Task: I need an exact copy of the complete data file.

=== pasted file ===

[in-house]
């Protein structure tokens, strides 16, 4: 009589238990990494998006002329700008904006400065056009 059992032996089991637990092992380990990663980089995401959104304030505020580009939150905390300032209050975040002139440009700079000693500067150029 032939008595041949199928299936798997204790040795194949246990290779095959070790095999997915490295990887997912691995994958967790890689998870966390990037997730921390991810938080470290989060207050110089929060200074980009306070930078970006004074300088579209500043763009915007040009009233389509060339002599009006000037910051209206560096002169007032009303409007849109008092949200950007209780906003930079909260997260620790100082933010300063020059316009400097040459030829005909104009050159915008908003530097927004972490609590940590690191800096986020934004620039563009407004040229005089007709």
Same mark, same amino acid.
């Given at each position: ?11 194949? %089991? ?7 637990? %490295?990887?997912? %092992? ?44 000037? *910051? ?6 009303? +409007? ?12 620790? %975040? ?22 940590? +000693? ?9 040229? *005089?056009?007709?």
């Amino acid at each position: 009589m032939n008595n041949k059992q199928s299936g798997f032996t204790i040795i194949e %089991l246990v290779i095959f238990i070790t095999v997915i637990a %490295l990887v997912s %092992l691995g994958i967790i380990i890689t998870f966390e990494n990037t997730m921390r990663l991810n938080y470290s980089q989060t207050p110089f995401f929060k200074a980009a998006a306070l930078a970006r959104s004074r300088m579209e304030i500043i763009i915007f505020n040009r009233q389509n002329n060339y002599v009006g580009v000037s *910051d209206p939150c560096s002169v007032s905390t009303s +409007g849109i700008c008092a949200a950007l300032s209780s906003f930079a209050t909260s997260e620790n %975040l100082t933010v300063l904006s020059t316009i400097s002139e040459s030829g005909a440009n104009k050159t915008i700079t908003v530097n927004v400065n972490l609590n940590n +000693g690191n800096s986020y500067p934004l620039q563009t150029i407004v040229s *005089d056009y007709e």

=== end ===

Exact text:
[in-house]
């Protein structure tokens, strides 16, 4: 009589238990990494998006002329700008904006400065056009 059992032996089991637990092992380990990663980089995401959104304030505020580009939150905390300032209050975040002139440009700079000693500067150029 032939008595041949199928299936798997204790040795194949246990290779095959070790095999997915490295990887997912691995994958967790890689998870966390990037997730921390991810938080470290989060207050110089929060200074980009306070930078970006004074300088579209500043763009915007040009009233389509060339002599009006000037910051209206560096002169007032009303409007849109008092949200950007209780906003930079909260997260620790100082933010300063020059316009400097040459030829005909104009050159915008908003530097927004972490609590940590690191800096986020934004620039563009407004040229005089007709």
Same mark, same amino acid.
């Given at each position: ?11 194949? %089991? ?7 637990? %490295?990887?997912? %092992? ?44 000037? *910051? ?6 009303? +409007? ?12 620790? %975040? ?22 940590? +000693? ?9 040229? *005089?056009?007709?």
């Amino acid at each position: 009589m032939n008595n041949k059992q199928s299936g798997f032996t204790i040795i194949e %089991l246990v290779i095959f238990i070790t095999v997915i637990a %490295l990887v997912s %092992l691995g994958i967790i380990i890689t998870f966390e990494n990037t997730m921390r990663l991810n938080y470290s980089q989060t207050p110089f995401f929060k200074a980009a998006a306070l930078a970006r959104s004074r300088m579209e304030i500043i763009i915007f505020n040009r009233q389509n002329n060339y002599v009006g580009v000037s *910051d209206p939150c560096s002169v007032s905390t009303s +409007g849109i700008c008092a949200a950007l300032s209780s906003f930079a209050t909260s997260e620790n %975040l100082t933010v300063l904006s020059t316009i400097s002139e040459s030829g005909a440009n104009k050159t915008i700079t908003v530097n927004v400065n972490l609590n940590n +000693g690191n800096s986020y500067p934004l620039q563009t150029i407004v040229s *005089d056009y007709e």